As New Zealanders sit on expired passports now international travel is off-limits, the department tasked with running the system is facing declining revenue in the tens of millions and trying to model future demand in an environment where uncertainty is the only certain fact

Given the reputation of many New Zealanders as enthusiastic globe-hoppers, the country’s passport holds a special place in Kiwi hearts.

So too in recent years has the system we must go through to get one. In 2018, the passport application and renewal process received the second-highest satisfaction rating from New Zealanders in an annual survey conducted by the Public Service Commission.

The passport also holds a certain esteem abroad: in the latest edition of the Henley Passport Index, which ranks passports based on the number of countries their holders can access without an advance visa, New Zealand sits in joint seventh with visa-free access to 185 destinations.

Yet with international travel declining precipitously thanks to the Covid-19 pandemic, and hopes of a travel bubble with Australia or the Pacific seeming as distant as ever, many Kiwis are understandably choosing to let expired passports gather dust on the shelf in lieu of rushing for a replacement.

The Department of Internal Affairs, which administers the country’s passport service, says there are 410,000 “outstanding renewals” for passports which normally would not have been allowed to lapse by their holders.

That large number, coupled with fears a surge of applications could stretch resources when the border does reopen, has led the department to send “courtesy emails” to New Zealanders with expired passports prompting them to renew.

Maria Robertson, DIA’s deputy chief executive for service delivery and operations, told Newsroom there had been an uptick in applications following the email campaign, which was in part about reminding New Zealanders of the importance of passports as an identity document.

“We spent a lot of time in that first month or so really going above and beyond to get passports into people’s hands to catch flights and leave the country as their borders were closing around them.”

“All of us essentially rely on our identity credentials at certain times, even if we’re not travelling,” Robertson said, noting her 16-year-old son had needed his passport to sit his learner’s licence test.

The message was also about ensuring those who did want to travel as soon as possible were not held up if DIA was “inundated with demand” from hundreds of thousands of applicants.

The department’s passports workload had fluctuated dramatically, with an initial spike in applications from overseas New Zealanders who wanted to return home as countries began to close their borders.

“We spent a lot of time in that first month or so really going above and beyond to get passports into people’s hands to catch flights and leave the country as their borders were closing around them.”

When demand for passports dropped by about 87 percent at the height of the nationwide Covid-19 lockdown last year, Robertson said the DIA workforce had provided support for the Electoral Commission and other public sector agencies.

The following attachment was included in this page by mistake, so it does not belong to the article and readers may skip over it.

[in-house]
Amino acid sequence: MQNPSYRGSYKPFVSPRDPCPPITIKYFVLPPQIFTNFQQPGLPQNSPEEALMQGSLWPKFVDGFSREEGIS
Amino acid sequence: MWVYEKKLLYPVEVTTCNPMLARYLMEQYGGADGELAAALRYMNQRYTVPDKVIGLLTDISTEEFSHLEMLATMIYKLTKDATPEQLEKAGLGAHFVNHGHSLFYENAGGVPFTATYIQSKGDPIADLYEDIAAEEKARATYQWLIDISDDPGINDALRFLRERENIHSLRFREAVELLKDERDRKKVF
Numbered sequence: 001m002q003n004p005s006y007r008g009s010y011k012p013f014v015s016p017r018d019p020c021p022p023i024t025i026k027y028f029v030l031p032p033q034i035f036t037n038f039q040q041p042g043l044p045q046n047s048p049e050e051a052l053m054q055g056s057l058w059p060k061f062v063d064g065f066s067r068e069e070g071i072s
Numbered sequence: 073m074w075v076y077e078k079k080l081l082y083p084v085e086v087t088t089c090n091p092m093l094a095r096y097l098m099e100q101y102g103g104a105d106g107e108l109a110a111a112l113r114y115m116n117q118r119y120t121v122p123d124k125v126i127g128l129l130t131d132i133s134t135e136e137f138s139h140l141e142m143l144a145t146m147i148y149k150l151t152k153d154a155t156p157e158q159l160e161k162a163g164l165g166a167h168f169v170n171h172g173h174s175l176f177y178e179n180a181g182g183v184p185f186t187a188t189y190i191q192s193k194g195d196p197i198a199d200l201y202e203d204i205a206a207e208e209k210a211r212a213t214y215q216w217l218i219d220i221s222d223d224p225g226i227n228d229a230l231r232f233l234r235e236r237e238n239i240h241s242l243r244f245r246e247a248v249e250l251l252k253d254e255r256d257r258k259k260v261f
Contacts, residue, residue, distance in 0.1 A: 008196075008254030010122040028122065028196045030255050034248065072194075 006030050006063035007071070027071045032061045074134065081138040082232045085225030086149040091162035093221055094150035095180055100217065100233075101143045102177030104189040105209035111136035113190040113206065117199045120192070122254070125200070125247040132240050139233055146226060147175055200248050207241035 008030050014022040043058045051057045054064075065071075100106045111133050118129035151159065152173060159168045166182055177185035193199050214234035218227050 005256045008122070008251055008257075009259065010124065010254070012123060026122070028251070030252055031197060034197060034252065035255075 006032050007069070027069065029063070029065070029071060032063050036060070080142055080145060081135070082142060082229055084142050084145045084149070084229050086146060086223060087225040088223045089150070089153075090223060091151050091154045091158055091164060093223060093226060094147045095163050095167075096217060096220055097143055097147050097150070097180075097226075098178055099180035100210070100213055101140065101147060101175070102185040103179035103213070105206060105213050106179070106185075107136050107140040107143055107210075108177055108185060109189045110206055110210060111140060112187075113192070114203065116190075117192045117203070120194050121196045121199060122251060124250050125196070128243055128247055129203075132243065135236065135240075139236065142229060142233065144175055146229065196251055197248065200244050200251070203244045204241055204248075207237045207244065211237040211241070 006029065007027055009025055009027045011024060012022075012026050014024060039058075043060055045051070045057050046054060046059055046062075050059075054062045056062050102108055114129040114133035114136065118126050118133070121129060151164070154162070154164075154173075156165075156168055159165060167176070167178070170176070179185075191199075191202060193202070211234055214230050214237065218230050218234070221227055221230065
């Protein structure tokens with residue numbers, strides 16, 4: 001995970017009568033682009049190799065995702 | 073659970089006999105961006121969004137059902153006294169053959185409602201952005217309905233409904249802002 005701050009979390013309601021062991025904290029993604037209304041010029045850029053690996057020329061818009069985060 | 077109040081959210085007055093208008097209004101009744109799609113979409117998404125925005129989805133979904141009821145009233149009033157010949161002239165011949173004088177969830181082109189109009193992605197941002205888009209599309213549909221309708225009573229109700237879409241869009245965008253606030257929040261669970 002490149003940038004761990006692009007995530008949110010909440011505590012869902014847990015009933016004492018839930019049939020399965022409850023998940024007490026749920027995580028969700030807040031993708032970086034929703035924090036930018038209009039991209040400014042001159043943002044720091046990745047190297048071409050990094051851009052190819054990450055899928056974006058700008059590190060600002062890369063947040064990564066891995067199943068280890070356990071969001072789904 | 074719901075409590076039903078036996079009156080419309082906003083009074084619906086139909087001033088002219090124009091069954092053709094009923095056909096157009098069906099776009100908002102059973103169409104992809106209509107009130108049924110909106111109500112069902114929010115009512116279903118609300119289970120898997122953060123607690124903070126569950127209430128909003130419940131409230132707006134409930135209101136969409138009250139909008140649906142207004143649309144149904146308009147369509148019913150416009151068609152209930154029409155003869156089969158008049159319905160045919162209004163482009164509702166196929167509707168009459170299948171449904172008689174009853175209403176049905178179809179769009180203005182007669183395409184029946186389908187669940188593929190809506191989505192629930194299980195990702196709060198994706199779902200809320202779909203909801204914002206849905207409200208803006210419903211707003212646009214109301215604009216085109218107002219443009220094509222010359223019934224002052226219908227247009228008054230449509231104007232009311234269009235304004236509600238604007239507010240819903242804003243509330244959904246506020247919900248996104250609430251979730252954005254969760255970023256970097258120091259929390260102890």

Since then, there had been a focus on ensuring staff had multi-disciplinary skills so they could work across a range of services when the pandemic led to spikes or plummets in demand, while the department had focused on its permanent employees and reduced its use of fixed-term and temporary staff.

While there had been significantly reduced demand for passports, Robertson said citizenship applications had increased slightly, while births, deaths and marriages queries had remained at pre-Covid levels – albeit with the issuing of marriage certificates becoming problematic during lockdowns.

‘Passport revenue risk’ outlined

The drop in applications and associated fees has led to what DIA called a “passport revenue risk” in its 2019/20 annual report, with a drop of nearly $28 million for that financial year.

The department has predicted passport revenue will halve again in 2020/21, from $91m to $44.5m, and said it was “uncertain when this revenue stream will recover, as it relies on factors outside [our] control…such as border restriction decreases, resumption of international travel, and willingness of passport holders to travel”.

Robertson said DIA had about four modelling scenarios it was working on constantly to consider the flow-on effects for passport applications, based on the extent of borders reopening and the demand for international travel.

She was confident the department would not be overwhelmed by demand under any scenario, while it had already been preparing for a decline in passport fees due to the 2015 decision to double the documents’ validity to 10 years.

However, Covid-19 had both brought that drop forward and exacerbated the shape of the downwards curve.

Government ministers were well aware of the drop in revenue, she said, with regular discussions about the fiscal impact of the pandemic across the public service.

Robertson said she did not know whether the declining revenue would factor into the three-yearly review of passport fees set to take place in November, with that decision in the Government’s hands and DIA set to discuss the issue with Internal Affairs Minister Jan Tinetti.

In a statement, Tinetti told Newsroom she was “watching this issue closely, and will continue to monitor as it develops”, adding: “Any decisions on funding are subject to future budget processes.”

Sam Sachdeva is Newsroom's national affairs editor, covering foreign affairs and trade, housing, and other issues of national significance.

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